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NPPC welcomes large-scale FMD vaccine purchase

The United States has made its first significant purchase for its new foot-and-mouth vaccine bank.

9 July 2020, at 12:39pm

The establishment of a robust Foot-and-Mouth Disease (FMD) vaccine bank—a top, long-term priority for the National Pork Producers Council (NPPC)—came closer to reality today as the United States Department of Agriculture (USDA) announced its first significant vaccine purchase. NPPC was instrumental in advocating for establishment of the FMD vaccine bank as part of the 2018 Farm Bill.

Currently, the USDA, which has prescribed vaccination for dealing with an FMD outbreak, does not have access to enough vaccine should an outbreak occur. FMD is an infectious viral disease that affects cloven-hooved animals, including cattle, pigs and sheep; it is not a food safety or human health threat. The disease is endemic in many parts of the world and would have widespread, long-term fallout for livestock and crop agriculture, including the immediate loss of export markets.

“Today’s announcement is momentous, representing years of NPPC advocacy to ensure US agriculture is protected should we have an FMD outbreak,” said NPPC President Howard “AV” Roth, a hog farmer from Wauzeka, Wisconsin. “While US pork producers and other farmers face significant challenges and uncertainty due to the COVID-19 pandemic, a solution to FMD preparedness is in our grasp. We thank USDA and especially Under Secretary for Marketing and Regulatory Programmes Greg Ibach for proceeding with such an important effort and look forward to continuing to work with the agency to ensure the FMD vaccine bank is adequately stocked.”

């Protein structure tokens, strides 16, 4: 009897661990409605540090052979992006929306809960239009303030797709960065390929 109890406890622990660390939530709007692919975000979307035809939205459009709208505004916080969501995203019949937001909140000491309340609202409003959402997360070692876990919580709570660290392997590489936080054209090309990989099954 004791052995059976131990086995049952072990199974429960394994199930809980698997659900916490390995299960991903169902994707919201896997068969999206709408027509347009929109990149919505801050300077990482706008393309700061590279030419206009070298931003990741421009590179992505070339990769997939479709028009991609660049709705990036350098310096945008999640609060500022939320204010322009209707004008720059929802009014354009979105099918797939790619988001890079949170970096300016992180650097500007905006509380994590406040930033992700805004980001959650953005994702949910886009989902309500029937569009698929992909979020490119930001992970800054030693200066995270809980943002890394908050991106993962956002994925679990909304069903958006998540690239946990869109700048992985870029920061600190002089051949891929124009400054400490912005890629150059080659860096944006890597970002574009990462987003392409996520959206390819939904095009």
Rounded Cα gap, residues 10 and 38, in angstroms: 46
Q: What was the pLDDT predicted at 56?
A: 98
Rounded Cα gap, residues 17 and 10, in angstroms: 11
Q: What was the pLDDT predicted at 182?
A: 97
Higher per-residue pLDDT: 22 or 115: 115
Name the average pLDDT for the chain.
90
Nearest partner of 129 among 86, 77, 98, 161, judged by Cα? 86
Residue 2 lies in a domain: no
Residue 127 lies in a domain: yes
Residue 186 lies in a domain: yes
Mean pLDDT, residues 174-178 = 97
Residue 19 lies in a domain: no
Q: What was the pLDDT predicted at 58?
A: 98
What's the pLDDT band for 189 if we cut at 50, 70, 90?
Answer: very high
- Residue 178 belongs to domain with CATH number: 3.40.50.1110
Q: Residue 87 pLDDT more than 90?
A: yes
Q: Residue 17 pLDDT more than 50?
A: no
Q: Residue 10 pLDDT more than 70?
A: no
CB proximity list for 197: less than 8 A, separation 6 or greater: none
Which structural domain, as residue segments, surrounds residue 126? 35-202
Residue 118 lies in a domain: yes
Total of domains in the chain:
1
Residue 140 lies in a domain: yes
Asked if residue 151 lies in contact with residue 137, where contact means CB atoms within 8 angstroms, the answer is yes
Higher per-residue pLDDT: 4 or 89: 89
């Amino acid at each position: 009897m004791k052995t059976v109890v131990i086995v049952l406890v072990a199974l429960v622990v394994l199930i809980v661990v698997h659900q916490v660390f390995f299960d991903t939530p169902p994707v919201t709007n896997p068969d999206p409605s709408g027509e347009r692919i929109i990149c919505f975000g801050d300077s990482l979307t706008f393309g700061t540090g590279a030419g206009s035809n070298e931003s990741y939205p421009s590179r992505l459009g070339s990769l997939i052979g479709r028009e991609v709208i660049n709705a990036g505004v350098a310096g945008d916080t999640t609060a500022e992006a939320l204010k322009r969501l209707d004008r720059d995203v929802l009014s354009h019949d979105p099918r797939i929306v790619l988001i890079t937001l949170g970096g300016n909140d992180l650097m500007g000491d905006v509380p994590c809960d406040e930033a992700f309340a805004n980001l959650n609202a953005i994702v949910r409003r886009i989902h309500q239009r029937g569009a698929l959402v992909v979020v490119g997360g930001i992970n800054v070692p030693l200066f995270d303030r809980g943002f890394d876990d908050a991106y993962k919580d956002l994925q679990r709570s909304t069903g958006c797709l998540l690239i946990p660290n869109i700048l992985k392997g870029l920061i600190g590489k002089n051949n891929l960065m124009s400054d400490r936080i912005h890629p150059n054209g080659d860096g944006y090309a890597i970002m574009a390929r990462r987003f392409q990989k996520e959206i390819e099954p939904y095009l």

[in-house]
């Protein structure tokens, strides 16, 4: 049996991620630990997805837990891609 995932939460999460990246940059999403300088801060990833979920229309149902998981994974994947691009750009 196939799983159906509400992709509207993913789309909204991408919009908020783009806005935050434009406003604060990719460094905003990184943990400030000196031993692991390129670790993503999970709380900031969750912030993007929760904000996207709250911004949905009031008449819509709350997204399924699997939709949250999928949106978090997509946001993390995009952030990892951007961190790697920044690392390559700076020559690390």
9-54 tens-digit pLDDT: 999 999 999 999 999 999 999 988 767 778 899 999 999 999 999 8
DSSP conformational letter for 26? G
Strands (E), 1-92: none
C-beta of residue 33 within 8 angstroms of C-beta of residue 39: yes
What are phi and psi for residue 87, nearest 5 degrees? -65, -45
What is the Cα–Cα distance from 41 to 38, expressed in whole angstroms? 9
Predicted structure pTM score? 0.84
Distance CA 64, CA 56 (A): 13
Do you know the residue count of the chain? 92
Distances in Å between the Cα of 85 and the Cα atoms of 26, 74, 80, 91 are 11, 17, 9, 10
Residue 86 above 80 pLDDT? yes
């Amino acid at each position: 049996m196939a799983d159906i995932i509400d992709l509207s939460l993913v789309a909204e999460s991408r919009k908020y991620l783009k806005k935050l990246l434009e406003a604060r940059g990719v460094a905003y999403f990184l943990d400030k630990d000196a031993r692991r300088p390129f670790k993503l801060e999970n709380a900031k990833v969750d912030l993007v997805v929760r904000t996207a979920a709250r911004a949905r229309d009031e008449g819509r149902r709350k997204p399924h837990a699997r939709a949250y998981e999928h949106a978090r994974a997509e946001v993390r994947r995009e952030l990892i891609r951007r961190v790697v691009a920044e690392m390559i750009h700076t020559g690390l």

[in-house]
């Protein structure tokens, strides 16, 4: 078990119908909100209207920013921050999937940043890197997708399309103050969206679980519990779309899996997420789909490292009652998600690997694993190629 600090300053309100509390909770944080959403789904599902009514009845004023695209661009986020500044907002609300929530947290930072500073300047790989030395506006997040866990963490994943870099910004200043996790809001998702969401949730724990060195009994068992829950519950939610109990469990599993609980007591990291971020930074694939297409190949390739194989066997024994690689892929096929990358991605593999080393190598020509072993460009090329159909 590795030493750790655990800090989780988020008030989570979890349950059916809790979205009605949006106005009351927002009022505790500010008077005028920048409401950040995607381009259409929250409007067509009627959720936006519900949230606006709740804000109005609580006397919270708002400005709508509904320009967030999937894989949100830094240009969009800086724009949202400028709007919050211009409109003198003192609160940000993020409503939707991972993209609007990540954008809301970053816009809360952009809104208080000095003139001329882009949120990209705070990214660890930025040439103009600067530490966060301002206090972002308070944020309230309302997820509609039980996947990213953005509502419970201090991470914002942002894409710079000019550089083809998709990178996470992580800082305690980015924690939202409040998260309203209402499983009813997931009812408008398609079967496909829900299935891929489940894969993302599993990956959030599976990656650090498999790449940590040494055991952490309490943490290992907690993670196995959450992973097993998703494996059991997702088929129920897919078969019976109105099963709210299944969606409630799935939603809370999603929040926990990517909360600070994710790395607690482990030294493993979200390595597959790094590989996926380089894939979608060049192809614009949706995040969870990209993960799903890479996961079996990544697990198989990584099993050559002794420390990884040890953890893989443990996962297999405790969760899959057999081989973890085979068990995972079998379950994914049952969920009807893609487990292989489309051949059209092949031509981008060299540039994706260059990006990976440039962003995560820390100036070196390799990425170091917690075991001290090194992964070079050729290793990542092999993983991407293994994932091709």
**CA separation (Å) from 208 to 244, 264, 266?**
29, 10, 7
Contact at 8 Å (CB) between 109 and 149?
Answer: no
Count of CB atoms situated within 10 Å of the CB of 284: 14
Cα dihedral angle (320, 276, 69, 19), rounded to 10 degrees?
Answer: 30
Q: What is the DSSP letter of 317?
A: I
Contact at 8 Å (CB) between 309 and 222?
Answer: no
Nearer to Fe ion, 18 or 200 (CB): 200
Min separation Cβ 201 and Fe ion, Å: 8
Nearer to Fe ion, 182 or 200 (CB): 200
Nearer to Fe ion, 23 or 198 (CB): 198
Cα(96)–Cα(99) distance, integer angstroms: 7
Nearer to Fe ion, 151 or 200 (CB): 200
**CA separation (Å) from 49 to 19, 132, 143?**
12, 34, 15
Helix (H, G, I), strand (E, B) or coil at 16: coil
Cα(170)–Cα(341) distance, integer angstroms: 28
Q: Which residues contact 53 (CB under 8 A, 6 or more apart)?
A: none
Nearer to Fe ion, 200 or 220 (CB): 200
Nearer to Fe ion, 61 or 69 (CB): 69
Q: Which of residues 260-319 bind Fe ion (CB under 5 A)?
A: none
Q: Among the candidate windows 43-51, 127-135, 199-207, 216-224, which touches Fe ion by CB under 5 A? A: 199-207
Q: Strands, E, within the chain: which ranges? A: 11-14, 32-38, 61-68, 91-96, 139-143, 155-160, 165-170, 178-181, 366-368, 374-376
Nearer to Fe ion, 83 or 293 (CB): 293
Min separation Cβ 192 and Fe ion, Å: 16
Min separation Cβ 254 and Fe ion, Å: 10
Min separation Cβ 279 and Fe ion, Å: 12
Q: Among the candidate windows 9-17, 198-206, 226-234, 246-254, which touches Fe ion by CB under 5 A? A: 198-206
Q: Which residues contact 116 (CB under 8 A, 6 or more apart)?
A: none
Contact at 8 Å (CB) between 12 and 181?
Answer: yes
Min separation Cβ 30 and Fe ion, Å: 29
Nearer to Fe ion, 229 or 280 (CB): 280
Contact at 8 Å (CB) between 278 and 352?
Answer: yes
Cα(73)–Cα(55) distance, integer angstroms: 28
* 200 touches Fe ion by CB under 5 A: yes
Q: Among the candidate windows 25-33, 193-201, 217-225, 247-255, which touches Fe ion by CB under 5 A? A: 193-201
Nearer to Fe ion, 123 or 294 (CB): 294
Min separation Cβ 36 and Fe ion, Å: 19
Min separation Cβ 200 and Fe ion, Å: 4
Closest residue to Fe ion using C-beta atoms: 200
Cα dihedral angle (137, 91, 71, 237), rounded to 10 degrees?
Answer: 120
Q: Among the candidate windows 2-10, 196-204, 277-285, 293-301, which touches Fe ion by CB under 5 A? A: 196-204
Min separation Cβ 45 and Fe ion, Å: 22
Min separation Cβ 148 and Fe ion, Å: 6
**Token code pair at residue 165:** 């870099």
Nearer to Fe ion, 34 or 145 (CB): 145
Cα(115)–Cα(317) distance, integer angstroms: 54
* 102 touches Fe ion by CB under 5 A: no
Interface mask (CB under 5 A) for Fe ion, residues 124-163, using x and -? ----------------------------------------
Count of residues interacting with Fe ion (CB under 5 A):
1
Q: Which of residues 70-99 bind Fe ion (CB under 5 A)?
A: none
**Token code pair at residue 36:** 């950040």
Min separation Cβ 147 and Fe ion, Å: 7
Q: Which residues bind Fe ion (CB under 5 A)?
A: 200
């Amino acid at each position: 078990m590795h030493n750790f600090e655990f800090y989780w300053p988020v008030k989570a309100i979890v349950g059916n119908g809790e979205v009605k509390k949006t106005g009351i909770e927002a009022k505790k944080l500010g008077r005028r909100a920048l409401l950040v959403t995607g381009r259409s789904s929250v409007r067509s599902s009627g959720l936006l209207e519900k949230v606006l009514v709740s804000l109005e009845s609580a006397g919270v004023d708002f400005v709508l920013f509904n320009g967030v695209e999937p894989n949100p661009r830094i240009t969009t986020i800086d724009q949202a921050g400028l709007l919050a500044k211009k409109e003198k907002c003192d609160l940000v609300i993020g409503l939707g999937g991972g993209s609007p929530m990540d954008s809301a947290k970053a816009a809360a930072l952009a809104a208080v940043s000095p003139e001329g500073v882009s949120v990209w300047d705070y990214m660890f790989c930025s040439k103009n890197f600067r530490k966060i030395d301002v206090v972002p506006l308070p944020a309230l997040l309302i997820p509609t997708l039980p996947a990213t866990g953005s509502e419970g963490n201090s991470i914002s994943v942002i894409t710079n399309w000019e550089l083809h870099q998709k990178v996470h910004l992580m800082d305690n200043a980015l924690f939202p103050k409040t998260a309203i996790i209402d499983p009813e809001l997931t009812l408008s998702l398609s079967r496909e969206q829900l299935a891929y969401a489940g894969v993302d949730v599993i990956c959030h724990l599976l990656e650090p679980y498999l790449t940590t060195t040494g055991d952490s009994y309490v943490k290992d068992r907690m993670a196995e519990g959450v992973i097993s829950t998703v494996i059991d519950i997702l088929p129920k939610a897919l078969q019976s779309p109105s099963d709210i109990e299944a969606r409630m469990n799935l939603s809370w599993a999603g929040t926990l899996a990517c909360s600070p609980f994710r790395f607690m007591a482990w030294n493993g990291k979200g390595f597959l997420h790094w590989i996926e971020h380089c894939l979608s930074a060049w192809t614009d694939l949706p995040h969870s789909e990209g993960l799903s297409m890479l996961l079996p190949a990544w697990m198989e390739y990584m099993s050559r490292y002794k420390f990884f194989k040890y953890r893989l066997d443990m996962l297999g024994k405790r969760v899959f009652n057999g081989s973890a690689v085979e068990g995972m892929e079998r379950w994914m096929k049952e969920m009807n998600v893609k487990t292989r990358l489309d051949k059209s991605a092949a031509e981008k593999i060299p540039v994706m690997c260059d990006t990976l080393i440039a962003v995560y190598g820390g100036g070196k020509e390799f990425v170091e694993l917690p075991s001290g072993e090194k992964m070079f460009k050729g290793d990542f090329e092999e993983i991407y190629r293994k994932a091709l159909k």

The 2018 Farm Bill provided $150 million in mandatory funding over the next five years for the FMD vaccine bank, the National Animal Health Laboratory Network and the National Animal Disease Preparedness Programme. According to Iowa State University research, an FMD outbreak would result in $128 billion in losses for the beef and pork sectors, $44 billion and $25 billion, respectively, to the corn and soybean farmers, and job losses of more than 1.5 million across US agriculture over 10 years.